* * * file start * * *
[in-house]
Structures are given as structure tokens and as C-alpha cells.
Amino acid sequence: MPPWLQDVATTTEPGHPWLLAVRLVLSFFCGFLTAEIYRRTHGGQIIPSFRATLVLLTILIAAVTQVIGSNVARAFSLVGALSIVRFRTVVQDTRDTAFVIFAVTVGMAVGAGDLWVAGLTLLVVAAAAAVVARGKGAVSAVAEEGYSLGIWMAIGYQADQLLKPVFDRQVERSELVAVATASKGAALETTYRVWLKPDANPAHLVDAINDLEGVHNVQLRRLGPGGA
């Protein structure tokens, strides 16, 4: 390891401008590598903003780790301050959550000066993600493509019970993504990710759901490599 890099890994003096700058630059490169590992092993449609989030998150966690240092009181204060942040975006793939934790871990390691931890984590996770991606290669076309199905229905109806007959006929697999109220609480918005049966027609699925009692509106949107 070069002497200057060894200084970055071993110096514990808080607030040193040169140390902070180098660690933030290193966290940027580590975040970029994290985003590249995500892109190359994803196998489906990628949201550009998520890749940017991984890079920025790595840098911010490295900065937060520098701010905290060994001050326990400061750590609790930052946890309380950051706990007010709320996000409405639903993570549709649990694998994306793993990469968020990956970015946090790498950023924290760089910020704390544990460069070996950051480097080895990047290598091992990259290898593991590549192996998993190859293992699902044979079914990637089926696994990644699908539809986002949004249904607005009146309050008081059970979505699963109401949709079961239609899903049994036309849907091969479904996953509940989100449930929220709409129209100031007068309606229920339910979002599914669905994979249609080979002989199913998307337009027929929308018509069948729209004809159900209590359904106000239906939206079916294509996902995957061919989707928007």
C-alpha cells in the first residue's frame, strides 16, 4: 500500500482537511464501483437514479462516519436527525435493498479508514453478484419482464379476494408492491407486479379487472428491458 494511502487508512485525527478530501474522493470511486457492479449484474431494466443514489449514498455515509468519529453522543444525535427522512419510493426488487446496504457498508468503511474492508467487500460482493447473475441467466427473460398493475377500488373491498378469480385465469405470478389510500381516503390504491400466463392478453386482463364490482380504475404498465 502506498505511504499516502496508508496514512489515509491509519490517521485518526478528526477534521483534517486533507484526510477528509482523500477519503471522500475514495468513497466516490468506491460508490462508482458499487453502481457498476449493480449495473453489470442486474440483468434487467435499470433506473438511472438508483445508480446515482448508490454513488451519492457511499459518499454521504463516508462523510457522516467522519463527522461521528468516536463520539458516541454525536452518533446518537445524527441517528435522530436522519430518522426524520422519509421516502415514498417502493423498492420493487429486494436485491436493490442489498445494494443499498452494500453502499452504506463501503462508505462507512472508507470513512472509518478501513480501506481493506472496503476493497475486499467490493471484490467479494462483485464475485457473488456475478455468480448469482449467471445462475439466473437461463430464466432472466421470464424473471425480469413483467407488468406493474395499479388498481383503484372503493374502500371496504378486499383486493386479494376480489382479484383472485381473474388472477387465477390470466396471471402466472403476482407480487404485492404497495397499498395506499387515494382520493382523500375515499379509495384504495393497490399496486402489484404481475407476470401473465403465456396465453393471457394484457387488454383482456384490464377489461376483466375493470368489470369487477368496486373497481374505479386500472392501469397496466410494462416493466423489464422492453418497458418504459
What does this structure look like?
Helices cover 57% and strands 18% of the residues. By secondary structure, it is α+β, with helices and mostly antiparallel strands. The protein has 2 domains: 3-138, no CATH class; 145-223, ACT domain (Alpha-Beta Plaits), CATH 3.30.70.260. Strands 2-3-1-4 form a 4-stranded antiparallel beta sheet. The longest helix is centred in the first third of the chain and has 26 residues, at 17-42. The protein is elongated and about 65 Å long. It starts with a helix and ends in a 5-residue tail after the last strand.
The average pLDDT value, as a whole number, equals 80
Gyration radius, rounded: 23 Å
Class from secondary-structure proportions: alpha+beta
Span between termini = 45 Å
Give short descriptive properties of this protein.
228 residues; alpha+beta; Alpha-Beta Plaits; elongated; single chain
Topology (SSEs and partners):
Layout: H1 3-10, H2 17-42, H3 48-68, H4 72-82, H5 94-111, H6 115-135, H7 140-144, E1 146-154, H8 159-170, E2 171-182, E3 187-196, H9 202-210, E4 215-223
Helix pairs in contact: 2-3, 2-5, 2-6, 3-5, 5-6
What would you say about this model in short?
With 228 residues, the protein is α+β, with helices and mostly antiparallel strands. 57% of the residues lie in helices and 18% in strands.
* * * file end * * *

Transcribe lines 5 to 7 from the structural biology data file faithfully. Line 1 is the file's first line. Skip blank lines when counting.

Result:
C-alpha cells in the first residue's frame, strides 16, 4: 500500500482537511464501483437514479462516519436527525435493498479508514453478484419482464379476494408492491407486479379487472428491458 494511502487508512485525527478530501474522493470511486457492479449484474431494466443514489449514498455515509468519529453522543444525535427522512419510493426488487446496504457498508468503511474492508467487500460482493447473475441467466427473460398493475377500488373491498378469480385465469405470478389510500381516503390504491400466463392478453386482463364490482380504475404498465 502506498505511504499516502496508508496514512489515509491509519490517521485518526478528526477534521483534517486533507484526510477528509482523500477519503471522500475514495468513497466516490468506491460508490462508482458499487453502481457498476449493480449495473453489470442486474440483468434487467435499470433506473438511472438508483445508480446515482448508490454513488451519492457511499459518499454521504463516508462523510457522516467522519463527522461521528468516536463520539458516541454525536452518533446518537445524527441517528435522530436522519430518522426524520422519509421516502415514498417502493423498492420493487429486494436485491436493490442489498445494494443499498452494500453502499452504506463501503462508505462507512472508507470513512472509518478501513480501506481493506472496503476493497475486499467490493471484490467479494462483485464475485457473488456475478455468480448469482449467471445462475439466473437461463430464466432472466421470464424473471425480469413483467407488468406493474395499479388498481383503484372503493374502500371496504378486499383486493386479494376480489382479484383472485381473474388472477387465477390470466396471471402466472403476482407480487404485492404497495397499498395506499387515494382520493382523500375515499379509495384504495393497490399496486402489484404481475407476470401473465403465456396465453393471457394484457387488454383482456384490464377489461376483466375493470368489470369487477368496486373497481374505479386500472392501469397496466410494462416493466423489464422492453418497458418504459
What does this structure look like?
Helices cover 57% and strands 18% of the residues. By secondary structure, it is α+β, with helices and mostly antiparallel strands. The protein has 2 domains: 3-138, no CATH class; 145-223, ACT domain (Alpha-Beta Plaits), CATH 3.30.70.260. Strands 2-3-1-4 form a 4-stranded antiparallel beta sheet. The longest helix is centred in the first third of the chain and has 26 residues, at 17-42. The protein is elongated and about 65 Å long. It starts with a helix and ends in a 5-residue tail after the last strand.